6. 6. MDF Tool: Problem Tree AnalysisIt is important that all stakeholders get a chance to express their experiences and ideasfor the (new) project. Ideas from all different perspectives should be respected and used.Not only individuals can be stakeholders, also organisations that have a social relation thesubject need to be involved. The active participation of old and young women and men,married people, single headed households, landless, higher class and lower class, etc.means that a representative group out of the beneficiaries is taking part in the process of projectdevelopment and implementation.Depending on the setting, the following actors may be involved in the preparatory andanalysis phases:• local communities, the problem owners• donor organisation• implementing or grassroot organisations, NGOs• local government officials• facilitator who will do the moderation of the workshopFollow upPlanning should continue with:• Developing the logical framework (in Logical Framework tool)• Assessing and documenting assumptions and risks (in Assumptions tool)• Defining targets, benchmarks and (in Indicators tool)• Operational planning: Budgeting (no tool)• Operational planning: Who does what (in Participation matrix tool)Requirements and limitationsAll stakeholders should participate in the scoping. This way, their commitment can beobtained and, very important, their understanding for the choices made. Scoping is aboutassessing with whom you are suited to do what, and what can better be left (to others). This iswhy you may integrate some institutional and organisational analysis tools at this stage. Theygive you an overview of current capacities and aspirations, so you consider both your owncapacity and those of others in deciding what you will define as within or outside the scope ofyour project. © MDF copyright 2005 www.mdf.nl Page 5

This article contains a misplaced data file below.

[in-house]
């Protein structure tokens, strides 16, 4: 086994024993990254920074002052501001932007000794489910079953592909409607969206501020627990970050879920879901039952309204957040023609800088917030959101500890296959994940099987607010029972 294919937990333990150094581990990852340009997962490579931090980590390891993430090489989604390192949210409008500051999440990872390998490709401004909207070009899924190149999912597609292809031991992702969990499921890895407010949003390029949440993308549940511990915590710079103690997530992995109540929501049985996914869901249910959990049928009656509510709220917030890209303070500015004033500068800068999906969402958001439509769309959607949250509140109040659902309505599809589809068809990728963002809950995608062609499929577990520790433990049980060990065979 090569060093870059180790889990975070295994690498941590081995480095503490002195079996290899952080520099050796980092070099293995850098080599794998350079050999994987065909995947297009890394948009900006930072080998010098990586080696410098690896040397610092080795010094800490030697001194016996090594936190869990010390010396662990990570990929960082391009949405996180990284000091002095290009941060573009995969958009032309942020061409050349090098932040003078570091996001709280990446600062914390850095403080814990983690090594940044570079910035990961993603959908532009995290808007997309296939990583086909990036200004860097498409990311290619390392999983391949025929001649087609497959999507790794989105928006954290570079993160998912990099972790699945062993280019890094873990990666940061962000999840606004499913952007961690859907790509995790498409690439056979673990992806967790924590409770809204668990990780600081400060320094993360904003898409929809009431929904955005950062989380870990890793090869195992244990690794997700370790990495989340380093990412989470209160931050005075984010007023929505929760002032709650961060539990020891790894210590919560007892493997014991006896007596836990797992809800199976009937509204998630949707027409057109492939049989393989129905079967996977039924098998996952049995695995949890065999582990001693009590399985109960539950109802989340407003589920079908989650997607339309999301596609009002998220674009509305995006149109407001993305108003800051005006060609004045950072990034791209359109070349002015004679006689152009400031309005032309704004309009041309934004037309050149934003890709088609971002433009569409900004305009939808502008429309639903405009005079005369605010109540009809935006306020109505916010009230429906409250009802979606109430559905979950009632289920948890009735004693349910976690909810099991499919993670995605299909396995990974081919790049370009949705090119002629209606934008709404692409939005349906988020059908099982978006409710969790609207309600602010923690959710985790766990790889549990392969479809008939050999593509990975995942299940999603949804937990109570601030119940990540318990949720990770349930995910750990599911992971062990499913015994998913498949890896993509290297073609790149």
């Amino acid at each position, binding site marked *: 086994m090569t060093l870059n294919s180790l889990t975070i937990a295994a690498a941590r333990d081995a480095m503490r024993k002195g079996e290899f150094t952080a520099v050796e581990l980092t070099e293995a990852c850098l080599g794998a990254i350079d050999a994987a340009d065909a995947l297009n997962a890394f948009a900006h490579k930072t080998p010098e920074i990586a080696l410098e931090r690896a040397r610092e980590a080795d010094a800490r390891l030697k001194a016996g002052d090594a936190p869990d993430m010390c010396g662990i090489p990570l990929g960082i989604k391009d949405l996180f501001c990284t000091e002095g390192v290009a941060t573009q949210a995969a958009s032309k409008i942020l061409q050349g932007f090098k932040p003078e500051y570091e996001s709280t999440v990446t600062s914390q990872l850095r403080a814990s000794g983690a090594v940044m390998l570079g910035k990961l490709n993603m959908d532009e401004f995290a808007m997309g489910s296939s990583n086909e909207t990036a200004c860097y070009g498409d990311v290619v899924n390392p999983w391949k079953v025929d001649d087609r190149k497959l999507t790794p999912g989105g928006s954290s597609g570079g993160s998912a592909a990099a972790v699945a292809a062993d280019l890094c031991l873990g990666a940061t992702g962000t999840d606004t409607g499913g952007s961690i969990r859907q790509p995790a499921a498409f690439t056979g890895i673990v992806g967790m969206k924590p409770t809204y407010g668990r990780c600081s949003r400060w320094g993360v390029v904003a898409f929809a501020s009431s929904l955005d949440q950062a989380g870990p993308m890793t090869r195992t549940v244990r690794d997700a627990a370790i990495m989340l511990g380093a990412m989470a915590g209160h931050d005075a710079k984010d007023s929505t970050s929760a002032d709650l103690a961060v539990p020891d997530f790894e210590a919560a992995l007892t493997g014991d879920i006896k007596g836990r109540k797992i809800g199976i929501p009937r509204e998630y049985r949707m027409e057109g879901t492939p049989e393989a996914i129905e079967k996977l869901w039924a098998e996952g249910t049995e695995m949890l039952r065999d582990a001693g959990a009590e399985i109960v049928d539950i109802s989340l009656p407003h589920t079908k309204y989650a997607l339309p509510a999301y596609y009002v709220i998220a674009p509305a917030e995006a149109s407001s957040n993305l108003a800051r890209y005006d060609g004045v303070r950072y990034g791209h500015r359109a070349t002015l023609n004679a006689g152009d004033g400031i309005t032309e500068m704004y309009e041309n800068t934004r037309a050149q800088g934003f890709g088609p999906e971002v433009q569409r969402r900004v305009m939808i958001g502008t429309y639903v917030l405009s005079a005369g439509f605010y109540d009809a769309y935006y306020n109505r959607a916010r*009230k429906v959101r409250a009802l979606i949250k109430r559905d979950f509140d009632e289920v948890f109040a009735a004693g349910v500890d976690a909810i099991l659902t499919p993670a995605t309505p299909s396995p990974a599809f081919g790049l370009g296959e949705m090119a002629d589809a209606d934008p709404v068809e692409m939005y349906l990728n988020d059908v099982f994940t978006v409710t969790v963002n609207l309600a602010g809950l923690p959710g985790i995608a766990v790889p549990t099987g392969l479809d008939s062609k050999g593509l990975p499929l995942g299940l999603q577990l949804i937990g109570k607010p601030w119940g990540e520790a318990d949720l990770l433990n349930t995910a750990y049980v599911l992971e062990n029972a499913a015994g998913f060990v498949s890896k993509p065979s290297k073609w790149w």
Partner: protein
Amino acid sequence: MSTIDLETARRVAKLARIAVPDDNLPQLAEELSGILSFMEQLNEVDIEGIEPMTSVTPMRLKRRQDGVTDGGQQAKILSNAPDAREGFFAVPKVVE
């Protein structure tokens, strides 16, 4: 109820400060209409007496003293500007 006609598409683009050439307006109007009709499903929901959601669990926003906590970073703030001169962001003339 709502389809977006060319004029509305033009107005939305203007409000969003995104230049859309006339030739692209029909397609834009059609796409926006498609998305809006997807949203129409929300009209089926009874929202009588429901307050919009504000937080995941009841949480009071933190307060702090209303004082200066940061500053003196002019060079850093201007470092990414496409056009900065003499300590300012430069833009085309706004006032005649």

7. 7. MDF Tool: Problem Tree AnalysisExample: Demonstration caseProblem inventorySubject of the workshop is food security, the possible problems mentioned in relation to this subjectare: - Food production on - Rice production in - Soil erosion on hill hills low - slopes - decreasin - lands Irregular supply of g decreasing - inputs - Ethnic clashes - Poor maintenance for rice - - in - of production neighbouring irrigation High immigration districts facilities - rates Food Dikes are Irrigation water does shortages degraded not High incidence Soil fertility on hill slopes reach fields in of is desired malnutritio decreasin quantity n g Canals are blocked Diagram of problems High incidence of malnu trition Food shortages © MDF copyright 2005 Rice Food production High immigration production in on rates low hills land decreasing s decre asing www.mdf.nl Irrigation water Irregular supply Ethnic clashes in Soil fertility on does of neighbouring hill not reach inputs for districts slopes is field in rice decreasing desired productio quantity n